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In the meantime I heard an answer I think was addressing my issue in the best way: It is not the fact that the Egyptians got struck at the sea, rather that they get their last, final struck, from which there was no rescue. All ten plagues before was only partial, and they were also middah k'neged middah, and corresponded to all the tortures they caused to ...


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I like Chizkuni's analysis: כי בדבר אשר זדו עליהם; Yitro explains what had prompted him to say that he now realises that the G-d of the Israelites is greater than any other deity. The reason is that when analysing the method by which G-d imposes penalties on the sinners, it becomes evident that the punishment matches the sin committed. The Egyptians’ crime ...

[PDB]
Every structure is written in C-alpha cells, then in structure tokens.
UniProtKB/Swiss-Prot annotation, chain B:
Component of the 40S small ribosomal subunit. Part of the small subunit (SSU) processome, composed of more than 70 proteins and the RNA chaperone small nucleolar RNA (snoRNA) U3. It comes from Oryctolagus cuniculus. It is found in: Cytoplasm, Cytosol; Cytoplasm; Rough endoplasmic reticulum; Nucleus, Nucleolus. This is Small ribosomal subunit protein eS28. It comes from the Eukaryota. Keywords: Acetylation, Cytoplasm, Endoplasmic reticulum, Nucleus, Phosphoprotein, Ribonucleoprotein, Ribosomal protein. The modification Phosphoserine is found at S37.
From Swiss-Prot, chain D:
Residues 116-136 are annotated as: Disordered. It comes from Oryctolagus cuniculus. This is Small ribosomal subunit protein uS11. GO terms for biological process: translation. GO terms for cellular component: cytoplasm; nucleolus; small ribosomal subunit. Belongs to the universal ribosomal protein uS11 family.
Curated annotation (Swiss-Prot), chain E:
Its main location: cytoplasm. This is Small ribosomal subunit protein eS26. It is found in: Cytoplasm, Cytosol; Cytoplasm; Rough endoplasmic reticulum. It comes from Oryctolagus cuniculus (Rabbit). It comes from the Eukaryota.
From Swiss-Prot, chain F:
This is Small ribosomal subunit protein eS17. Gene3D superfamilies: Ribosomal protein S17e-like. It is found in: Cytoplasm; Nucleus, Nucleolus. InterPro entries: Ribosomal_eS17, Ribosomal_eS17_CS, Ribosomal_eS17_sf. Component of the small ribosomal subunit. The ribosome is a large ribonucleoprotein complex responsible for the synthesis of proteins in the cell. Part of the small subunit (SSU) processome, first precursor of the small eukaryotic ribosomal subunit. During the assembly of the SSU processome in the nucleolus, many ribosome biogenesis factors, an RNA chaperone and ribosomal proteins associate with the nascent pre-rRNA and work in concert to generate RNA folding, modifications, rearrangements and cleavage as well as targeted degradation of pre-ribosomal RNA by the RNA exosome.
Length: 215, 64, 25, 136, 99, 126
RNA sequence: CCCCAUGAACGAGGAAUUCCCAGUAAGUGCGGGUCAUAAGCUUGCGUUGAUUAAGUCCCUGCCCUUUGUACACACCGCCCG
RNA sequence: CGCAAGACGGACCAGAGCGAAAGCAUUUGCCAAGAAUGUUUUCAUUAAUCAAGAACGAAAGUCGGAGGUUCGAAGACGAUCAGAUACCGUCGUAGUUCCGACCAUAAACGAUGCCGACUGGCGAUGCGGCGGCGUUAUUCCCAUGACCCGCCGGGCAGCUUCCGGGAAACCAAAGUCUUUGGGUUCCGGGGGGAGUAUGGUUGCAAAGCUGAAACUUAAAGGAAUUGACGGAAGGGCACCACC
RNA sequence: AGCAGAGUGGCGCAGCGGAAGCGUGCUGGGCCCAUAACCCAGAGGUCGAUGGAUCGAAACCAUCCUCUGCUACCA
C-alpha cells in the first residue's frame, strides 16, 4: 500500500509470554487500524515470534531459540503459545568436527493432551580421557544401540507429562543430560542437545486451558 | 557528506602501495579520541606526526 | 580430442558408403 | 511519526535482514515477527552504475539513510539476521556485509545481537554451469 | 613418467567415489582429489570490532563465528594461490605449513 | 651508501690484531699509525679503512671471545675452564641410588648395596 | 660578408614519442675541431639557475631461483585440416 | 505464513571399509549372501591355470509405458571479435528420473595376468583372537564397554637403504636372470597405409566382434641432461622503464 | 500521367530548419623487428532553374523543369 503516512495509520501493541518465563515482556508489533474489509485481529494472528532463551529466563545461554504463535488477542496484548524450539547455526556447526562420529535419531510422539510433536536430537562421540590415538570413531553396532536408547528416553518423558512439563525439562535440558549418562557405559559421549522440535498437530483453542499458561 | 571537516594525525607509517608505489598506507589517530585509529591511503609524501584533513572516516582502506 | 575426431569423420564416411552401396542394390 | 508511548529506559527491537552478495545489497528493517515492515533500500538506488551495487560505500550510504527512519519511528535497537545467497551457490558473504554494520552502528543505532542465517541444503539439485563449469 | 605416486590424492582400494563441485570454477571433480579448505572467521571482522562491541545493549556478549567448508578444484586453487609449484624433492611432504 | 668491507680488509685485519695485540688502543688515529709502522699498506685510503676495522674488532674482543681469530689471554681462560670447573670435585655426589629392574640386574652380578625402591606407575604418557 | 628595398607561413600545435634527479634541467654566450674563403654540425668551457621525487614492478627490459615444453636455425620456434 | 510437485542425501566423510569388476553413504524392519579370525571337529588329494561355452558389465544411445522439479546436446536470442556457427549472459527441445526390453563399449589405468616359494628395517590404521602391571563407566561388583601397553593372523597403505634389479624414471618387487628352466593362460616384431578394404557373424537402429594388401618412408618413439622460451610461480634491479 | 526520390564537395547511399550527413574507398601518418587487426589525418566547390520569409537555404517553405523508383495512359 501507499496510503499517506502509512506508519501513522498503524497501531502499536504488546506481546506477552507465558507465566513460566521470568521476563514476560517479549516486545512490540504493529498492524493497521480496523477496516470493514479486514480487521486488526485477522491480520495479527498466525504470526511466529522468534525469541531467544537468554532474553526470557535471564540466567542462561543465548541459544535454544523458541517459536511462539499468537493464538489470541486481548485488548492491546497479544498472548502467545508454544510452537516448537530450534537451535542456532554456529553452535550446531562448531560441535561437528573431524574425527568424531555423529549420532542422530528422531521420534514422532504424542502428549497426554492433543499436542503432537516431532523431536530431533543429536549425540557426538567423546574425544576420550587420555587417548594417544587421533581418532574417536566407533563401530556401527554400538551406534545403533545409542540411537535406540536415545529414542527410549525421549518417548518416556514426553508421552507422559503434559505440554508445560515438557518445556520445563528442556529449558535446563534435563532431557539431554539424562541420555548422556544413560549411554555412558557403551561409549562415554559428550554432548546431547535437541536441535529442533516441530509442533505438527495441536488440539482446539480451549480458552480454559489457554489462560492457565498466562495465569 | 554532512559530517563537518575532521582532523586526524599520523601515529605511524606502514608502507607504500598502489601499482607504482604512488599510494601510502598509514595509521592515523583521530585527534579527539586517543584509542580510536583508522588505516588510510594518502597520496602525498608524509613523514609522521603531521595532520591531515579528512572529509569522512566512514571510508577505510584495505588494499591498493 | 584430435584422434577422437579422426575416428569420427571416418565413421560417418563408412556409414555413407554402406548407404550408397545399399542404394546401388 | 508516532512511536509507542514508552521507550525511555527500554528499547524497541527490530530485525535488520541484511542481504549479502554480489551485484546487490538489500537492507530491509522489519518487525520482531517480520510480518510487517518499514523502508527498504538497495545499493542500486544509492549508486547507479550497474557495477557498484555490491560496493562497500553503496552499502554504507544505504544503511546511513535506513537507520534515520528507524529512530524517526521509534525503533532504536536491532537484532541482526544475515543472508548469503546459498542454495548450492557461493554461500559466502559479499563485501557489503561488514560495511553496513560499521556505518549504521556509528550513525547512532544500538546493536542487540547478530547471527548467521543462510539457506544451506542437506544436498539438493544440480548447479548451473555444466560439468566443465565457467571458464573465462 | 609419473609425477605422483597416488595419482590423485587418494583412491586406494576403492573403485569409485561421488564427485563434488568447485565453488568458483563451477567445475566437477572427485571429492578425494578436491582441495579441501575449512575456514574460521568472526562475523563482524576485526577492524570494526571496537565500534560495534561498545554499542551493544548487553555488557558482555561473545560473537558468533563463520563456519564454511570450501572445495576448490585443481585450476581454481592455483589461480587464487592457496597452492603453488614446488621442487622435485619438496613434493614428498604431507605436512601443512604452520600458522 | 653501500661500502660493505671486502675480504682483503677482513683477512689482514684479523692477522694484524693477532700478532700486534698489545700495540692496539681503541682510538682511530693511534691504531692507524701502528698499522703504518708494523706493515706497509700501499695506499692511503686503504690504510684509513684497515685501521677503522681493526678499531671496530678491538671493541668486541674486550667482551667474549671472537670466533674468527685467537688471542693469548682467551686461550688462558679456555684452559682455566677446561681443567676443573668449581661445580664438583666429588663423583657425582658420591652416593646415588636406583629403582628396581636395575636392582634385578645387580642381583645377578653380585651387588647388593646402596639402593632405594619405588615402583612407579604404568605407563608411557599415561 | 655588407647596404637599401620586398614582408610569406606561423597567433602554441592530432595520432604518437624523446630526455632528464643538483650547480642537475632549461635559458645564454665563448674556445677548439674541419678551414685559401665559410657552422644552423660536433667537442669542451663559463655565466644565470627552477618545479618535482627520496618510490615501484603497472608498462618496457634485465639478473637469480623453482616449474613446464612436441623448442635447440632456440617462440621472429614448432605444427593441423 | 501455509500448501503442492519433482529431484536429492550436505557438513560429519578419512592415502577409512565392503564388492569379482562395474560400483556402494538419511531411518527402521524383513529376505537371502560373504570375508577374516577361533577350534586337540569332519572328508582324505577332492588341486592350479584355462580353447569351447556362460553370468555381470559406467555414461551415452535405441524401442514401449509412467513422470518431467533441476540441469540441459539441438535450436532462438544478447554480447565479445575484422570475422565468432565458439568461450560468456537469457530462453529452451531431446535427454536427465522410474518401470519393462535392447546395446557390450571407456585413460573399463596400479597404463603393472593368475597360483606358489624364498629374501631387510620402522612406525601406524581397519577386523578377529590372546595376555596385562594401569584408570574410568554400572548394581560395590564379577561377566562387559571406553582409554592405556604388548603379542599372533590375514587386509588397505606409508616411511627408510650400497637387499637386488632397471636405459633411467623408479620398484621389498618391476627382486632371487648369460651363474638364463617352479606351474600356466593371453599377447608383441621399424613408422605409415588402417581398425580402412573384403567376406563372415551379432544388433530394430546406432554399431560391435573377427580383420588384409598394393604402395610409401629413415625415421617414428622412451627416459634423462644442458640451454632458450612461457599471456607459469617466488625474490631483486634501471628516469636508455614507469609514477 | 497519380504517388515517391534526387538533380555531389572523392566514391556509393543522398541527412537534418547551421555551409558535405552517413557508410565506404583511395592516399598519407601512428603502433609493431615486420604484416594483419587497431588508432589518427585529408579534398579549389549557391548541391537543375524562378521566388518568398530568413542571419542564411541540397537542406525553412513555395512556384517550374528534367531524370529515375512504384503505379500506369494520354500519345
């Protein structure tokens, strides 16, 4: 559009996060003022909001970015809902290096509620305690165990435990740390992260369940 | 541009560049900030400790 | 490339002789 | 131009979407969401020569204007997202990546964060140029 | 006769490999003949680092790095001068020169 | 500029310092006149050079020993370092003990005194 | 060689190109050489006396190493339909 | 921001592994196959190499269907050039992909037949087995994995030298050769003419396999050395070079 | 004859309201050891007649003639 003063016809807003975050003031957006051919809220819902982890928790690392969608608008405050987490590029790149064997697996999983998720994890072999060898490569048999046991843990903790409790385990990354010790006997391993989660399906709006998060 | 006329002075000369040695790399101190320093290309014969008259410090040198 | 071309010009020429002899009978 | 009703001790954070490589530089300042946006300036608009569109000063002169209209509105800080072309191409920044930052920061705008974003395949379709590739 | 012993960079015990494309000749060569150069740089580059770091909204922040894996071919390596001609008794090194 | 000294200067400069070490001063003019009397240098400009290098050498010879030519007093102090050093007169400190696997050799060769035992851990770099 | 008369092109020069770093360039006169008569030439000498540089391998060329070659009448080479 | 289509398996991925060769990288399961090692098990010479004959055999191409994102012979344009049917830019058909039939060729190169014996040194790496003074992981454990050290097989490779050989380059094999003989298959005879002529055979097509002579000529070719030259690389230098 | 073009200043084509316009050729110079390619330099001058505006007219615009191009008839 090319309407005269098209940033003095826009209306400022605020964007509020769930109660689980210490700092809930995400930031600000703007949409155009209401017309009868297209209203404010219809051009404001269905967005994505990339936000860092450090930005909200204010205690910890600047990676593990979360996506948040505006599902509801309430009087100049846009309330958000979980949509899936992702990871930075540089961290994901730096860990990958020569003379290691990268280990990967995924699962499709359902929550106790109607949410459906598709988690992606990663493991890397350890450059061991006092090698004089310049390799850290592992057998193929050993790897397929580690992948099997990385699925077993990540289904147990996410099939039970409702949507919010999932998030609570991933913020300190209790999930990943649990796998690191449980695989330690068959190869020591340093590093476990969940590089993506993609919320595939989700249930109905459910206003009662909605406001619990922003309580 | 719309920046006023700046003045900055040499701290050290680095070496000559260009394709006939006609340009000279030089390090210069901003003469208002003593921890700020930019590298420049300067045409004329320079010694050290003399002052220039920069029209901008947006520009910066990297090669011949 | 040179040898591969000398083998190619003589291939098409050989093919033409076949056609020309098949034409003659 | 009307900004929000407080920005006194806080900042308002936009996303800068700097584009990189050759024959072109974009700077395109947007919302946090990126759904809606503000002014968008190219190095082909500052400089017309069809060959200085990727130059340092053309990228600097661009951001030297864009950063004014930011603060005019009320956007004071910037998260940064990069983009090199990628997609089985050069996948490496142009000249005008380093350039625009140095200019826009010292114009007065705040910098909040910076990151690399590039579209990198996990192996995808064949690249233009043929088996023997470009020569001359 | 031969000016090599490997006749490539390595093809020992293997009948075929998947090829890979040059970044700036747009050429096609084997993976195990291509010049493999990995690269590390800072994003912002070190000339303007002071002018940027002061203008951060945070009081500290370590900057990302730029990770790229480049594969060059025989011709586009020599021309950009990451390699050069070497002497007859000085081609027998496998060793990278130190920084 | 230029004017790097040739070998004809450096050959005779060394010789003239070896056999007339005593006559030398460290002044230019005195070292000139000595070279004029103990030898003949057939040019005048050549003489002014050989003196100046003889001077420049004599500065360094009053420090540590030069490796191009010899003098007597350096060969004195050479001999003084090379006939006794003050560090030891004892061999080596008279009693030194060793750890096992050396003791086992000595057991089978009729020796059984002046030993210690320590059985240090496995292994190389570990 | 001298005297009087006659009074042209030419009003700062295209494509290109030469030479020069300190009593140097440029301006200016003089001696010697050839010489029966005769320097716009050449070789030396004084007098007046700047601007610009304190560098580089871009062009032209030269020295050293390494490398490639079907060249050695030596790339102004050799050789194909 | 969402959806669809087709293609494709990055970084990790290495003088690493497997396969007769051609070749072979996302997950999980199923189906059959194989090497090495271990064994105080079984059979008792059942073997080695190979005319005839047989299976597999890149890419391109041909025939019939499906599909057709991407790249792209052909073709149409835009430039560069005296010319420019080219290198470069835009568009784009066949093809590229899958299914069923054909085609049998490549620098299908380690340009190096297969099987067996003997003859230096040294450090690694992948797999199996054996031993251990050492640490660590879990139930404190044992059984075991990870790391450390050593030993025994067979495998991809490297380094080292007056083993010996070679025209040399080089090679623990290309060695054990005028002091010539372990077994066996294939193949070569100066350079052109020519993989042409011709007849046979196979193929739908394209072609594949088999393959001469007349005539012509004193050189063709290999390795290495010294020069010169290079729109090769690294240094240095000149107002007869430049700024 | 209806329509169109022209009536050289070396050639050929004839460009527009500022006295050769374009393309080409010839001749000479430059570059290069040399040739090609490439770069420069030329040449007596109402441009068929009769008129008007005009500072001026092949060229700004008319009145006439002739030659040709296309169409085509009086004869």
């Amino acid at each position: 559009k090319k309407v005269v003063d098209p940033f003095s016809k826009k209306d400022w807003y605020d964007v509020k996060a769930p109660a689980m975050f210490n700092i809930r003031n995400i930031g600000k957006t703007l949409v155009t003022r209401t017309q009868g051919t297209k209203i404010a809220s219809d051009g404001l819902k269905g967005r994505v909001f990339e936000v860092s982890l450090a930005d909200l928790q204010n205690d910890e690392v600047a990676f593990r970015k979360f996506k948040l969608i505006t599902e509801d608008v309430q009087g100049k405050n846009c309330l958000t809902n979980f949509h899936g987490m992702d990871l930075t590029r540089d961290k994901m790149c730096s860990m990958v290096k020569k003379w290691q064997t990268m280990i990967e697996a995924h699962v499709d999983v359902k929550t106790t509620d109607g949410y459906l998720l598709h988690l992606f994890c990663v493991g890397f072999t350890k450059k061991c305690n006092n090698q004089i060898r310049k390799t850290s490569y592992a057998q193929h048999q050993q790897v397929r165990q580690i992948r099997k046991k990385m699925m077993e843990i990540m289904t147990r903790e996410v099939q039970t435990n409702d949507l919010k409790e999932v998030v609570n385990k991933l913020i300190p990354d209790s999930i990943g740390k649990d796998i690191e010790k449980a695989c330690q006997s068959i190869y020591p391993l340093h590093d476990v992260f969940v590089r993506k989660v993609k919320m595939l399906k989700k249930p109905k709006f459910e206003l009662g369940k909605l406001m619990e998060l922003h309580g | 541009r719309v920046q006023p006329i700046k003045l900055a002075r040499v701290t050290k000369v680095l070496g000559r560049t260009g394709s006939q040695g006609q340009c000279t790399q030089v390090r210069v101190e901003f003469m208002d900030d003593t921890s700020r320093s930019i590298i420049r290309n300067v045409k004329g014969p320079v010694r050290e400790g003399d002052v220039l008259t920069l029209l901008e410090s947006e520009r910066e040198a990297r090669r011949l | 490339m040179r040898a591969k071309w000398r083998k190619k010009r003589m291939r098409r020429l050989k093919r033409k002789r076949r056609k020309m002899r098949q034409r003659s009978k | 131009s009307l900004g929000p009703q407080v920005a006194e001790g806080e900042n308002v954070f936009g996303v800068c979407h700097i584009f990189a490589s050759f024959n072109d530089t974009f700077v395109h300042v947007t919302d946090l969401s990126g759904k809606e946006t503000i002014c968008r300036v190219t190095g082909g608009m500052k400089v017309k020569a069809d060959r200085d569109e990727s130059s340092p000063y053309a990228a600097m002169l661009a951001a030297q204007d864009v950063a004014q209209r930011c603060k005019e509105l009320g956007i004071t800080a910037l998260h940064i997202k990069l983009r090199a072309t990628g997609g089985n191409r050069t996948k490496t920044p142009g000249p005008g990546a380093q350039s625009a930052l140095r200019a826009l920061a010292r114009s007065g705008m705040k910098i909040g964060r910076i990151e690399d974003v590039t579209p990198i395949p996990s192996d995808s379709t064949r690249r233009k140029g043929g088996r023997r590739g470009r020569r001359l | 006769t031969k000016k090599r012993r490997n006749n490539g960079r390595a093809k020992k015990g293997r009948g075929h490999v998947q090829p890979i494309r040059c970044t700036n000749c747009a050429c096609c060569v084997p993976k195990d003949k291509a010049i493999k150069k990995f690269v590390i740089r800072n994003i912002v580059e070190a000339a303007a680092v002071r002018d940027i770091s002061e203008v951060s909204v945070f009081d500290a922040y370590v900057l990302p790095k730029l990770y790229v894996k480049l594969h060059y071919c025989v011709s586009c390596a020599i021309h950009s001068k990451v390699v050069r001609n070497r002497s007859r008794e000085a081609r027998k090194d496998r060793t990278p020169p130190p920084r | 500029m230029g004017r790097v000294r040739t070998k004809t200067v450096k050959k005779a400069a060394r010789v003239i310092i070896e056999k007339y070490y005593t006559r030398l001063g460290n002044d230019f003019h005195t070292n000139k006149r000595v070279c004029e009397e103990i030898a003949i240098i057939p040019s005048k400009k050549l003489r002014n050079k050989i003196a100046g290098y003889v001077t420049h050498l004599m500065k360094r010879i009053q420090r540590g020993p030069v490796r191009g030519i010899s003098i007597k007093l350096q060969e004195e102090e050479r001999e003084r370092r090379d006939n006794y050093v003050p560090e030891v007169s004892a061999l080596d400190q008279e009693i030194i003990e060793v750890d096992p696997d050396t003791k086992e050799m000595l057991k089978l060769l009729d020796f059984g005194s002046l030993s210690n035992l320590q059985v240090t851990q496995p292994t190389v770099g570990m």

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We know Hashem can influence man to sin. Omnipotence. The question is: Would He? There are different approaches to what happened with Par'oh. The Rambam says that yes, Hashem will take away the possibility of teshuvah. This is a potential punishment for sin, if the sin is egregious enough. So, what happened to Par'oh could happen to others. Hilkhos Teshuvah ...


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